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Twin peaks: scholarship helps Shane turn tragedy into triumph

When Shane Bishop was born, he and twin brother Caleb were so premature and underweight that doctors feared for their survival.

Today, 22-year-old Shane is moving ever closer to fulfilling his dream of becoming a physiotherapist.

In 2018, with the support of an Abedian Foundation Griffith Futures Scholarship, Shane will begin the third year of a Bachelor of Exercise Science at Griffith University. It’s a degree all the more apt given the health challenges he and his family have faced.

After the brothers’ initial struggle to live, their father was struck down by cancer when the boys were in their first year of high school at Flinders Christian Community College on Victoria’s Mornington Peninsula.

“When the cancer started it was at Stage 1. In just two weeks it leapt to Stage 4,” says Shane.

“At the time, one of my teachers did a devotion for me. It’s where you set goals. He said ‘If you write it down and put it in your pocket, you’re 90 per cent likely to achieve those goals’.

“Mine said ‘I want a medal at the state cross-country championships within five years’. From that point on I started training. It helped offset the emotions from Dad’s sickness.”

Mr Bishop died 10 months after being diagnosed. As the family dealt with the repercussions of such a tragic loss, others rallied to their cause.

“The headmaster and other teachers took money from their own pockets so Caleb and I could stay at the school,” says Shane.

He also never forgot the devotion in his pocket, attaining his goal well within five years and enjoying further successes in cross-country and on the track.

At 15, Shane and Caleb again prepared – reluctantly -- to farewell their school. But yet another surprise was about to occur.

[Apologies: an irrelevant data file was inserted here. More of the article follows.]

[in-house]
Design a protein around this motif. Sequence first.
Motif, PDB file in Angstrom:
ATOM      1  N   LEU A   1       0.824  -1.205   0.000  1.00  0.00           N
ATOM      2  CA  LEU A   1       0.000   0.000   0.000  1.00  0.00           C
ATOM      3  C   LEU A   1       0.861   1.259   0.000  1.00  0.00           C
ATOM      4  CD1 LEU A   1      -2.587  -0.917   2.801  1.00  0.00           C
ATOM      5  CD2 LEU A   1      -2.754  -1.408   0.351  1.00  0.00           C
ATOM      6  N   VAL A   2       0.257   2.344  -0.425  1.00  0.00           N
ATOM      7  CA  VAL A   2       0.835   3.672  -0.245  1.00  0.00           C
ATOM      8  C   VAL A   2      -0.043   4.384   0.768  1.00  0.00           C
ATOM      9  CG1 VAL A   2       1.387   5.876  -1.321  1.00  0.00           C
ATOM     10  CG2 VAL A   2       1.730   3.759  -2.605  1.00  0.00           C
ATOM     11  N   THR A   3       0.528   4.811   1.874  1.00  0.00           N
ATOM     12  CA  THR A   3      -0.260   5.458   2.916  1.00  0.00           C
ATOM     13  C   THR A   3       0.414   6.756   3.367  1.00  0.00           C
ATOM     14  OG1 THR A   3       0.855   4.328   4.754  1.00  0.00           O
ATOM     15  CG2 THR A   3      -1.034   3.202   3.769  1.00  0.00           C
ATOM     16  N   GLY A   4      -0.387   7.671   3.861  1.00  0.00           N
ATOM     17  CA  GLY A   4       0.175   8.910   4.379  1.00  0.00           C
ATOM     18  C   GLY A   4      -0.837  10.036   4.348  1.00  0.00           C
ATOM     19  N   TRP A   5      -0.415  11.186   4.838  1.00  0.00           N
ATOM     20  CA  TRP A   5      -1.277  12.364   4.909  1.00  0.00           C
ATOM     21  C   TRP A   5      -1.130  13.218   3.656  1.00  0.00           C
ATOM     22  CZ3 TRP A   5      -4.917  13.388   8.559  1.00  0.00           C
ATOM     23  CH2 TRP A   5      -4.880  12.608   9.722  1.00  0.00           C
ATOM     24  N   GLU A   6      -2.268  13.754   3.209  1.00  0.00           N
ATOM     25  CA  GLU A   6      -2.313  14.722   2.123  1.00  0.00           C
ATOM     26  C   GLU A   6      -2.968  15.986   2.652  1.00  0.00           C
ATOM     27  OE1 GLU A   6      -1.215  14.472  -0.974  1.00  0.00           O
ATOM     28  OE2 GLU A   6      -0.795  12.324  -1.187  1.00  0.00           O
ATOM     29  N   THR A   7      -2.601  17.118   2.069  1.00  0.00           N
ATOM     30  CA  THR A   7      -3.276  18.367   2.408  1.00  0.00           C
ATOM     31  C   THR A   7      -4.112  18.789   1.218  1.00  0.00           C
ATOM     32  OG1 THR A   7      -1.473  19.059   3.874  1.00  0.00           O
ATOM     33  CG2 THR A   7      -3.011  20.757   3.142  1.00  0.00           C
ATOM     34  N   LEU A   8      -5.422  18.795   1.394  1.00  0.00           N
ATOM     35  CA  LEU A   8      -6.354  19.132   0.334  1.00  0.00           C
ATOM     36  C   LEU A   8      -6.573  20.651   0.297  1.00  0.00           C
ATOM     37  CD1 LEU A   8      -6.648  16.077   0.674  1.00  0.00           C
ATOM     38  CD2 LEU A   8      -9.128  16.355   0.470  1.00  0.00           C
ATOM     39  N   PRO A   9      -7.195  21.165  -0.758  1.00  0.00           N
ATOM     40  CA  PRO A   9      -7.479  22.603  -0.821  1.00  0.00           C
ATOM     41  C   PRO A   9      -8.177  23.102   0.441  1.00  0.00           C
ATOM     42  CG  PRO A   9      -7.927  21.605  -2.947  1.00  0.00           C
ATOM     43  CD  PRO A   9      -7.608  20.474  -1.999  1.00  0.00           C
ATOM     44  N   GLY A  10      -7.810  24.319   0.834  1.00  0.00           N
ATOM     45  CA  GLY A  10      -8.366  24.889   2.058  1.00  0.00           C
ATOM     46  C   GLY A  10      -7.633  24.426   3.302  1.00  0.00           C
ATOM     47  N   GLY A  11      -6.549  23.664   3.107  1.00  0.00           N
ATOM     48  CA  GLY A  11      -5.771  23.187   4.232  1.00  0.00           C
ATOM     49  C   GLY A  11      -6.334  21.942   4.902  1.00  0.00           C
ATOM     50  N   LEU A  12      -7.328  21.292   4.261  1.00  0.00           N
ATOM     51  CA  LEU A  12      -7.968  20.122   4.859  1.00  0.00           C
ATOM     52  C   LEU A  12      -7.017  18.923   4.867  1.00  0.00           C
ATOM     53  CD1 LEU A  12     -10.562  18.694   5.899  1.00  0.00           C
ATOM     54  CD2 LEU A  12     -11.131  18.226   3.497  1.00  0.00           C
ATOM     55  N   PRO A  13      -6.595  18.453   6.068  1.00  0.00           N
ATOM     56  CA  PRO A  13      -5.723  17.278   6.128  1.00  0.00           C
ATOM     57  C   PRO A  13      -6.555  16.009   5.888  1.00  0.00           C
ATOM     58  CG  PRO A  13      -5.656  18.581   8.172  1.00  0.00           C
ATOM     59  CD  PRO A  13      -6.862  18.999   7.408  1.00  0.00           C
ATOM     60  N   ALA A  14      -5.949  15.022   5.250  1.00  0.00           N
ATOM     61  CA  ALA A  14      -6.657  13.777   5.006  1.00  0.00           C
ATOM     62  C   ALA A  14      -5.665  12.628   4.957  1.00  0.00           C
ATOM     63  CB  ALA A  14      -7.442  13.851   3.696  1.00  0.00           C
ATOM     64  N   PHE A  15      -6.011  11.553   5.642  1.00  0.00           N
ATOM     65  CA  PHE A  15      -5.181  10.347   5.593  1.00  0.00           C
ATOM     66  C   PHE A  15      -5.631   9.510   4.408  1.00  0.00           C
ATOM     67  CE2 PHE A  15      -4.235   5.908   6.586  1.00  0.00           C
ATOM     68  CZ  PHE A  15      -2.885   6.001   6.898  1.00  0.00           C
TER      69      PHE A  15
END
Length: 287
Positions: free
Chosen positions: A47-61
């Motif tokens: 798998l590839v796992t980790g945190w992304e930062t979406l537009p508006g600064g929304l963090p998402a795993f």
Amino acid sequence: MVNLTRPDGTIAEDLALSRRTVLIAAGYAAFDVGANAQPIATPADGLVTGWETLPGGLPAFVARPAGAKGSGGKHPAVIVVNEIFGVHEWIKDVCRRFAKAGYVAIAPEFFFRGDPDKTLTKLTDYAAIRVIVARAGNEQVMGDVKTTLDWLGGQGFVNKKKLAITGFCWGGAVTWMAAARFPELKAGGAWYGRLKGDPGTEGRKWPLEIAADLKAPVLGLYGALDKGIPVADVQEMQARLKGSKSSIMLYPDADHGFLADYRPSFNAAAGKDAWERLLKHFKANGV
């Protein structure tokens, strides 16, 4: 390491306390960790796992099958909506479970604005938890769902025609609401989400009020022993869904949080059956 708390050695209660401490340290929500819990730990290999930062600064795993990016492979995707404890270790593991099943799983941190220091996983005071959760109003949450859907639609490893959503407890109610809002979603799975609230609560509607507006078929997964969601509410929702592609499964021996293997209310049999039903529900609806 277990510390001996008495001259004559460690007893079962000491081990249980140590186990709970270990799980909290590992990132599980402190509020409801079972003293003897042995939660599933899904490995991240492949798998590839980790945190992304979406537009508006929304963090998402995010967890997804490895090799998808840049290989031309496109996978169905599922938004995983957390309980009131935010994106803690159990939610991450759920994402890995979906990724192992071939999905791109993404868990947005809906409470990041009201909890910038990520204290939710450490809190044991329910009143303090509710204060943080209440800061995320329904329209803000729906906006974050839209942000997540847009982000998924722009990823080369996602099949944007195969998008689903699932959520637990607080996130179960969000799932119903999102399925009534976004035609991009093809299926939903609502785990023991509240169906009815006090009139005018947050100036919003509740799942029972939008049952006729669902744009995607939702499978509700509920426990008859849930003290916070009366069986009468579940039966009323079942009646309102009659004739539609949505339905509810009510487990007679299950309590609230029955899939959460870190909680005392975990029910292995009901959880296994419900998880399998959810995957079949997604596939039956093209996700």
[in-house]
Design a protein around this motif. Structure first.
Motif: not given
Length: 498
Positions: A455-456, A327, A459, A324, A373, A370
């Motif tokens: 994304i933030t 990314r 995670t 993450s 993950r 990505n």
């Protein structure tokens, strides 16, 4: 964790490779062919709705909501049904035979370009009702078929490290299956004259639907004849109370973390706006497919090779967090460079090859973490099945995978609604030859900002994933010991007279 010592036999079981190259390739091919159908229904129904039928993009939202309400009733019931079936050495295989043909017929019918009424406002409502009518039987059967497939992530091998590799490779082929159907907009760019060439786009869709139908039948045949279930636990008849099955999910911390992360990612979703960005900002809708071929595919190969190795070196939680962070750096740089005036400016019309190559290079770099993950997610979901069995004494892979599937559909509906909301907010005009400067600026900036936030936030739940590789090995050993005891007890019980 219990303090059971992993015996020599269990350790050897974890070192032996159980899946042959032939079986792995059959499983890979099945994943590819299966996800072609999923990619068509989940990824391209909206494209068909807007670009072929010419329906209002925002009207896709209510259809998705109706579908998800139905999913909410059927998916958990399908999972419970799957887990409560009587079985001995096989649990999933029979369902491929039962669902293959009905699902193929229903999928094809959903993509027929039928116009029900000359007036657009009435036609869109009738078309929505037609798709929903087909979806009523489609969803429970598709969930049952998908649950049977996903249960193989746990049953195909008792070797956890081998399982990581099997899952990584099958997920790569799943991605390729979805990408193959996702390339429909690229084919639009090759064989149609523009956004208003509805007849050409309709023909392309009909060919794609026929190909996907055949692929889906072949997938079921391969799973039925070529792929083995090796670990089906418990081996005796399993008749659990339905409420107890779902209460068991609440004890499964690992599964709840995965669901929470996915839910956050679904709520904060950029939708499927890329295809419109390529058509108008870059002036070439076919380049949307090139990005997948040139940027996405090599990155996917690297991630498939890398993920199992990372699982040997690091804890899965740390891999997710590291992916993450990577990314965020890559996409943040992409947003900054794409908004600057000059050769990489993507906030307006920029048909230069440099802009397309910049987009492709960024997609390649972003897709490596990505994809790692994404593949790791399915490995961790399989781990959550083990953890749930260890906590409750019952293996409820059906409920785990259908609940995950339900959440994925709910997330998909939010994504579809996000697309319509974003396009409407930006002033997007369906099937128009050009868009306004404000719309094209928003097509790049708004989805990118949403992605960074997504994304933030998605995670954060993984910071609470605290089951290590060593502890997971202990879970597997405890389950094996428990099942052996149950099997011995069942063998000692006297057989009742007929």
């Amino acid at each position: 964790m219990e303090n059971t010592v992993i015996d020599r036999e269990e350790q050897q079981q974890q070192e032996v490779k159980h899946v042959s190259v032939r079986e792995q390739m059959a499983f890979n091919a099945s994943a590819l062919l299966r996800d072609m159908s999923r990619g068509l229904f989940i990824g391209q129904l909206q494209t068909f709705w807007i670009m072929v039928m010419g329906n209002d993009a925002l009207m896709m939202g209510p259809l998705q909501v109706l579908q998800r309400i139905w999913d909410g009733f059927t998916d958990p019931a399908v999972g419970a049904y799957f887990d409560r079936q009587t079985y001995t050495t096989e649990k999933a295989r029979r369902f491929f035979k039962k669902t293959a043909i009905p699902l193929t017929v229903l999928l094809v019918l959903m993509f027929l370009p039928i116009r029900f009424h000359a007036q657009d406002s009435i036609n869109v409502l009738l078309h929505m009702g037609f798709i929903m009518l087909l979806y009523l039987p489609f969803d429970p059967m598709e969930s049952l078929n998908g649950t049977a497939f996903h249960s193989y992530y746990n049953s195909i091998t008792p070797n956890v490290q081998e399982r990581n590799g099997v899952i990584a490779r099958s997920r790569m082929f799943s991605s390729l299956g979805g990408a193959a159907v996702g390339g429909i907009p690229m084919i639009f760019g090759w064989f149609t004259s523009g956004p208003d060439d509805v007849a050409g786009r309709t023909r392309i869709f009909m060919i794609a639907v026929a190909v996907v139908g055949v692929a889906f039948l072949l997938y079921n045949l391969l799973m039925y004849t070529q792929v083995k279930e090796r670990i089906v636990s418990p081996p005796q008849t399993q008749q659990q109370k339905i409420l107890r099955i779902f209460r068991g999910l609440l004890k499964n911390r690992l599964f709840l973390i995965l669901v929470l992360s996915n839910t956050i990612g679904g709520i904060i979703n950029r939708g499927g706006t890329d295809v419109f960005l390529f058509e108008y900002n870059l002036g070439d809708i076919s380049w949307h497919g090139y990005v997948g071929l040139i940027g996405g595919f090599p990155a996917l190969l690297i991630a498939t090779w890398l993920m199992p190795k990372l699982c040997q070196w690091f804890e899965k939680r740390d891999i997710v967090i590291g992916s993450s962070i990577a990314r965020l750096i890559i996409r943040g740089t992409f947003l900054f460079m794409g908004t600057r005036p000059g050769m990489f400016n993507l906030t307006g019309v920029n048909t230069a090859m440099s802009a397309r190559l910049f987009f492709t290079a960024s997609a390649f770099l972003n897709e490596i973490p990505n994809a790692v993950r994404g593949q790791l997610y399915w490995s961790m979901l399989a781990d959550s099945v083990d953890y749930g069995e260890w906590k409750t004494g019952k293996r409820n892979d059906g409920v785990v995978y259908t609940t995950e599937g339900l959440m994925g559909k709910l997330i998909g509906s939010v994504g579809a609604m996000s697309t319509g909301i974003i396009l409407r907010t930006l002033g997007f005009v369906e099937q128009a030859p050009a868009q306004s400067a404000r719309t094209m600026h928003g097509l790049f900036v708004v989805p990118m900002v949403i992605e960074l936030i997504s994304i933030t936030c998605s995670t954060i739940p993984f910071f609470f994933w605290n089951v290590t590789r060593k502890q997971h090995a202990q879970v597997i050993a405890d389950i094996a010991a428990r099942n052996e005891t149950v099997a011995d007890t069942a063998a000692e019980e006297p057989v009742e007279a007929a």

“We were amazed to learn that an anonymous benefactor had donated $10,000 and this allowed us to stay,” says Shane.

The boys flourished, with their natural leadership recognised as Shane was appointed Sports Captain and Caleb became House Captain.

“When the time came to think about university, I chose Griffith because it provided the most achievable path into physiotherapy, and it specialises in sports physio,” says Shane.

“I’m interested in acute injury management and prevention and I'd love to work with athletes as a physiotherapist, ideally for a professional cycling team, athletics team or for the Australian Institute of Sport.”

Shane applied for an Abedian Foundation Griffith Futures Scholarship, awarded to students for whom financial hardship or other disadvantage has impacted the ability to achieve their full potential.

With the scholarship support, Shane already has plenty of reason to smile. But there is another reason too.

Due to his premature delivery, Shane has endured serious dental issues, undergoing a number of operations in recent years. That ordeal will come to an end during 2018 with the fitting of six adult teeth.

“We’ve been through a lot as a family. The doctors say they still don’t know how Caleb and I are here today,” says Shane.

“I feel extra special. I feel blessed for all the support we have received. I feel I was put on this Earth for a reason, and that I have a purpose to fulfil.”